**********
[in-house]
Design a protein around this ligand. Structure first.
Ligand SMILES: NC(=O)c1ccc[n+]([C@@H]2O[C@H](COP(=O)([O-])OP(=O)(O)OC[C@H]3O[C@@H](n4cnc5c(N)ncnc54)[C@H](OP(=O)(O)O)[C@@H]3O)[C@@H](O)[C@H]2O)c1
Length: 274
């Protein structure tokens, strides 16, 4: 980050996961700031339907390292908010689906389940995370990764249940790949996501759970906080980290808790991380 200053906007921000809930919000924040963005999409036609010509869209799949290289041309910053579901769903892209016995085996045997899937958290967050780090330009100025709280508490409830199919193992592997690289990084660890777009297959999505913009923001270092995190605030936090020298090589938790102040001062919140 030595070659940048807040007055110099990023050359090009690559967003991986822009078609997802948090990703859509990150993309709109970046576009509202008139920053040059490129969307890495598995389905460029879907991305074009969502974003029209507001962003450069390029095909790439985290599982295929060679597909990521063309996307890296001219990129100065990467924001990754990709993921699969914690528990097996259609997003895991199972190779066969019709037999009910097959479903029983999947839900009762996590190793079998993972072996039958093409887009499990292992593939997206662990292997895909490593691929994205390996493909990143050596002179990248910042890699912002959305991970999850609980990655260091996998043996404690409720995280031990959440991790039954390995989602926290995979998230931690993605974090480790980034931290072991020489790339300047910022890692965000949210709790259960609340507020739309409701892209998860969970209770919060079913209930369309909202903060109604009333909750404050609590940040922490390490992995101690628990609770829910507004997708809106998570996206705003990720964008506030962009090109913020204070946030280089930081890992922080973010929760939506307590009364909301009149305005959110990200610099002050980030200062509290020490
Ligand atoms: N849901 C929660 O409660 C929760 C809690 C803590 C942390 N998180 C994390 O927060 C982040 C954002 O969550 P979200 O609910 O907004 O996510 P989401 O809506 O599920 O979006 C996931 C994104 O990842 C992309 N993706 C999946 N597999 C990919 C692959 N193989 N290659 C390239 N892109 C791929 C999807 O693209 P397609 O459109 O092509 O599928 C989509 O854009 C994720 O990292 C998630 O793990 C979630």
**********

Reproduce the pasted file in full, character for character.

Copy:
[in-house]
Design a protein around this ligand. Structure first.
Ligand SMILES: NC(=O)c1ccc[n+]([C@@H]2O[C@H](COP(=O)([O-])OP(=O)(O)OC[C@H]3O[C@@H](n4cnc5c(N)ncnc54)[C@H](OP(=O)(O)O)[C@@H]3O)[C@@H](O)[C@H]2O)c1
Length: 274
């Protein structure tokens, strides 16, 4: 980050996961700031339907390292908010689906389940995370990764249940790949996501759970906080980290808790991380 200053906007921000809930919000924040963005999409036609010509869209799949290289041309910053579901769903892209016995085996045997899937958290967050780090330009100025709280508490409830199919193992592997690289990084660890777009297959999505913009923001270092995190605030936090020298090589938790102040001062919140 030595070659940048807040007055110099990023050359090009690559967003991986822009078609997802948090990703859509990150993309709109970046576009509202008139920053040059490129969307890495598995389905460029879907991305074009969502974003029209507001962003450069390029095909790439985290599982295929060679597909990521063309996307890296001219990129100065990467924001990754990709993921699969914690528990097996259609997003895991199972190779066969019709037999009910097959479903029983999947839900009762996590190793079998993972072996039958093409887009499990292992593939997206662990292997895909490593691929994205390996493909990143050596002179990248910042890699912002959305991970999850609980990655260091996998043996404690409720995280031990959440991790039954390995989602926290995979998230931690993605974090480790980034931290072991020489790339300047910022890692965000949210709790259960609340507020739309409701892209998860969970209770919060079913209930369309909202903060109604009333909750404050609590940040922490390490992995101690628990609770829910507004997708809106998570996206705003990720964008506030962009090109913020204070946030280089930081890992922080973010929760939506307590009364909301009149305005959110990200610099002050980030200062509290020490
Ligand atoms: N849901 C929660 O409660 C929760 C809690 C803590 C942390 N998180 C994390 O927060 C982040 C954002 O969550 P979200 O609910 O907004 O996510 P989401 O809506 O599920 O979006 C996931 C994104 O990842 C992309 N993706 C999946 N597999 C990919 C692959 N193989 N290659 C390239 N892109 C791929 C999807 O693209 P397609 O459109 O092509 O599928 C989509 O854009 C994720 O990292 C998630 O793990 C979630």